While the millennial generation is one that is blatantly fond of travel (and will show as much constantly through their Instagram and Snapchat pics and videos), most of the population will still live out their life in one country without ever living in another place. A smaller though far from insignificant portion will never even make it out of their country for so much as a trip.
For some, that’s safe and comfortable, for others, it’s a bit depressing. Whatever your perspective, this content is going to dig into a few ways in which living in another place might just be the key to unlocking the full potential of your entrepreneurial self. Please note that this list is far from exhaustive.
You’ll gain a new perspective (and on more than just business).
Do you remember your friends who went to study abroad in high school or college and then came back and it was all they could talk about? They acted like something was ‘missing’ for them now that they were home. It was annoying, right?
Well, there’s some truth to that sentiment, actually. Sometimes, gaining outside perspective can help you get more clear about defining your own goals, what you want in life and why exactly you want it.
Plus, sometimes you’ll learn of business practices that are common in another country but might not have made it back home yet – could you be the one to seize those opportunities?
You might find tax law easier or more favorable.
This is obviously a highly country by country bullet point, but some aspects of US tax law punish entrepreneurs, especially when they consider themselves still to be freelancers or consultants. Some other countries take a view that more encourages entrepreneurship, though setting up your own business abroad for a visa can also be tricky.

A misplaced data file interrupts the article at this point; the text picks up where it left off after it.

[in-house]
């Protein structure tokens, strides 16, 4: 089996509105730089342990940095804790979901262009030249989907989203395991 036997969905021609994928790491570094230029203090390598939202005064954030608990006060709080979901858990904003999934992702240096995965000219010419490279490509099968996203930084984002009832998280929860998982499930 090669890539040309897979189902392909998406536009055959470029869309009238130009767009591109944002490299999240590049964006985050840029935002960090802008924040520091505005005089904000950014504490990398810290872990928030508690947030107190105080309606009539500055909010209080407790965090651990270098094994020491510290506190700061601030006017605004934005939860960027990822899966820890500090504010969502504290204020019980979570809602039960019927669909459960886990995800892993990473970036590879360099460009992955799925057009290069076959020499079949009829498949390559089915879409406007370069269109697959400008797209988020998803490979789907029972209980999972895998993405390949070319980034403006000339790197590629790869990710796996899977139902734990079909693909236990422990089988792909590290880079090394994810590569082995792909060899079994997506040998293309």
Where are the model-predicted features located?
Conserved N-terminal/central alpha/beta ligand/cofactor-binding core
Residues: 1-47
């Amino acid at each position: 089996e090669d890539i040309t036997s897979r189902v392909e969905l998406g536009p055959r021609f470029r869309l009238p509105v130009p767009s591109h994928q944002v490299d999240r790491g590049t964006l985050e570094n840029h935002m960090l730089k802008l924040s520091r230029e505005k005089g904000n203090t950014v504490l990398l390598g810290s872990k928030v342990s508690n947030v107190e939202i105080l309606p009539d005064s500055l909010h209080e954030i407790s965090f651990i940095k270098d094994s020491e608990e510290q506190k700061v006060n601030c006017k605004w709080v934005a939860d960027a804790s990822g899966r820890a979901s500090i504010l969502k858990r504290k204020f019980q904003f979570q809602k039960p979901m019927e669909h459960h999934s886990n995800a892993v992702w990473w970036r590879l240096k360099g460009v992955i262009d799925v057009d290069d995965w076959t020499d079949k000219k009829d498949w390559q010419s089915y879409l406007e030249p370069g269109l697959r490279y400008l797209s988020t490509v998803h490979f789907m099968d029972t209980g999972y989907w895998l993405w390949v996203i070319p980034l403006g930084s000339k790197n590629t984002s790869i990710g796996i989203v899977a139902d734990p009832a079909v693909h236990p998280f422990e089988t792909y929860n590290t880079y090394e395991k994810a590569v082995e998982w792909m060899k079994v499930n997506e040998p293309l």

This is probably the lowest in terms of importance on this list.
Cost of living can be lower.
In many countries, entrepreneurs who want to be able to bootstrap their companies and not take outside investment may find it easier to cover costs of living than in the US. It’s no secret that many “internet marketing gurus” live in Thailand (whether that’s because they just needed a good place to get started or that they’re faking their wealth and have no choice, that remains up for debate). Even so, this can be a serious boon to someone who is early in their business. Plus, the internet removes many boundaries from selling somewhere you aren’t actually headquartered, so you won’t have to worry nearly as much about the potential negative implications that this type of move would have brought around 30 years ago.
A change of environment can be stimulating.
Last but not least, everyone from writers to artists to purebred entrepreneurs in the world of business have been inspired by their travels abroad. It’s hard to quantify exactly what stirs within people when they travel, but – at risk of sounding a bit ‘out there’ – there’s a chance that things will just click for you.
Go big with your business, or at least, go further.